by Tyler Wilson
The Federal Reserve has made clear after its last meeting of 2019 that it will be in a holding period for most of 2020 as it assesses the impact of their policy moves on the economy. They will likely use this time to debate how best to respond to the next economic downturn and refine their policy toolbox. With the Fed set to take no action on interest rates any time soon, what will guide bond yields?
Economic data is important for bond yields because the Fed has made their policy adjustments data dependent, but since the Fed has announced no imminent adjustments, that data becomes a bit less consequential for the bond market in the short term. The data has also been mixed as of late, with manufacturing and wage growth flagging while retail sales, housing, and employment data remain strong. So, with data’s roll diminished, what will catalyze bond price volatility?
For most of last year the main catalyst was progress (or lack thereof) made in trade negotiations with China. This is logical, as the trade war has depressed growth in several industries in the US. The depressed growth forced the hand of the fed to be slightly more accommodative than they otherwise may have been, holding interest rates down. Since the Phase One trade deal was signed, some certainty has returned to the market and while inflation remains weak, it's keeping the outlook balanced for the Fed. There have been a number of other geopolitical events that influenced yields from changes in government (Argentina’s recent election stunned emerging market debt holders on fears they would default), political protests (protests in Hong Kong, a major financial hub, hobbled businesses for months), to Brexit. While these events may seem distant and disconnected from US markets, global finance is so interconnected these days that unexpected volatility in one market can spread like wildfire. For instance, after the winning candidate in Argentina’s election implied that he’d be willing to default on their IMF loan, Argentine bonds tanked, which many other emerging market countries hold, putting pressure on their bonds as well. With many large US institutions holding portfolios of emerging market debt, the pain eventually spread to the US.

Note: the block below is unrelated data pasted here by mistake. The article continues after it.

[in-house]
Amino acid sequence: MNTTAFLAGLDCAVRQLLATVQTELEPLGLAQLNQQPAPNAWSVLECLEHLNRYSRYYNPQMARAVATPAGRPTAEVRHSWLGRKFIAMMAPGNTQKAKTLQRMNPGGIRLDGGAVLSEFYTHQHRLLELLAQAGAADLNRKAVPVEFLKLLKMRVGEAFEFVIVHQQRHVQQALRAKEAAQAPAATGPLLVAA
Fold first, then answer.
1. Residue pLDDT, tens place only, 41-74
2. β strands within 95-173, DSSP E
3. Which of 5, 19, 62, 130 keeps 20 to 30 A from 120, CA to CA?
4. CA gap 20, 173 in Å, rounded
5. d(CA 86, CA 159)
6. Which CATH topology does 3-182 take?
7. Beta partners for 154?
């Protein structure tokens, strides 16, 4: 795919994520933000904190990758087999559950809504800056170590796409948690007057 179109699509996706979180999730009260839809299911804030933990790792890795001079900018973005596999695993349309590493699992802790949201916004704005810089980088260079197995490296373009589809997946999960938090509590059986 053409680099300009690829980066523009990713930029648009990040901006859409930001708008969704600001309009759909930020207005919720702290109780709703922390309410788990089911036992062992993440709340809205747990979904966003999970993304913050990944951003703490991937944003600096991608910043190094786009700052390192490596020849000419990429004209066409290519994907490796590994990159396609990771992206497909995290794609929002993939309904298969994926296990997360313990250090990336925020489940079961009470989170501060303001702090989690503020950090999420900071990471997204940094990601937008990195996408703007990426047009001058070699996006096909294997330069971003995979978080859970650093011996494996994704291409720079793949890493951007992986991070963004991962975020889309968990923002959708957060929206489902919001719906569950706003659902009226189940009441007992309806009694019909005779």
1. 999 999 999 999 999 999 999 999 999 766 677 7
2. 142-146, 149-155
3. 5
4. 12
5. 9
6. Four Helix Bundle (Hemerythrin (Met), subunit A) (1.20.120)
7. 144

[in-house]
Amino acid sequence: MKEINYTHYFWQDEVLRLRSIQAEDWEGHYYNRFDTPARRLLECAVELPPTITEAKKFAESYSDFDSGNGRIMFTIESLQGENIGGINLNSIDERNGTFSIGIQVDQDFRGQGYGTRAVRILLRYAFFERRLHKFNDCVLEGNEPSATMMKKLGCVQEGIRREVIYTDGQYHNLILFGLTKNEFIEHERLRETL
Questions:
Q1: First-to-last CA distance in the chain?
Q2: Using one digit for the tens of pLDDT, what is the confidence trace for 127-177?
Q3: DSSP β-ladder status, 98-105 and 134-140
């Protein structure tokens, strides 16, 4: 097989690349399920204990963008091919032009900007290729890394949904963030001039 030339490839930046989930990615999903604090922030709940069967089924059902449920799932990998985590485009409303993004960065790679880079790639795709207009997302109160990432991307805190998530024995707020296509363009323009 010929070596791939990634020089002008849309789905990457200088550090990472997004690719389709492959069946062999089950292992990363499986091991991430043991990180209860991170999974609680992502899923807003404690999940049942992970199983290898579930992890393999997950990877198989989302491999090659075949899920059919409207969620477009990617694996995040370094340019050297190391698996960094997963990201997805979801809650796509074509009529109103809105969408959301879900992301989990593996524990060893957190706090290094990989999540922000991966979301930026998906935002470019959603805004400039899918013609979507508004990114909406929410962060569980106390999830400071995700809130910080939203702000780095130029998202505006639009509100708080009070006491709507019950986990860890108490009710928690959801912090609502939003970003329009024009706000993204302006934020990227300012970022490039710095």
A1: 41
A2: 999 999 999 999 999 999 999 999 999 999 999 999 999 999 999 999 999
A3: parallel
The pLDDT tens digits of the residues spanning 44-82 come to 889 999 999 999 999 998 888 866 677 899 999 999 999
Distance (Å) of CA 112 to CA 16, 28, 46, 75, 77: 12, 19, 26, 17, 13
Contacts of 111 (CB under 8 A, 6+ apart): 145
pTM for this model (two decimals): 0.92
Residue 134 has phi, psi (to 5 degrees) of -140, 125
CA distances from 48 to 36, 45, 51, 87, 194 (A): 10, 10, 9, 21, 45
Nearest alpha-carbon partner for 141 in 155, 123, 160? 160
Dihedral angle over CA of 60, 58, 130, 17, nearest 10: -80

A more obvious political factor on our radar is the US general election, with the primary races just kicking off. With eight candidates vying for the democratic nomination, uncertainty will be rife. A few of the democratic candidates are considered to be far-left, and these candidate’s policies tend to give markets the jitters. As we get farther into primary season and these candidates get more media attention, expect markets to be more on edge, implying more volatility. The closer the race, the more uncertainty there is, the more volatility the markets will experience.
With the fed having signaled a period of assessment, the effect of economic data on market volatility is diminished. Therefore, market participants will be looking for events that could possibly dislodge the fed from this stance, such as a major geopolitical event (war or instability affecting US interests) or a shift in domestic politics (change in White House administration). The recent coronavirus outbreak is apparently not significant enough to get them to budge. The nature of politics is far more subjective than economic data and would imply more volatility in financial markets. As we enter 2020, global and domestic political headlines are likely to have significant influence in guiding bonds.BACK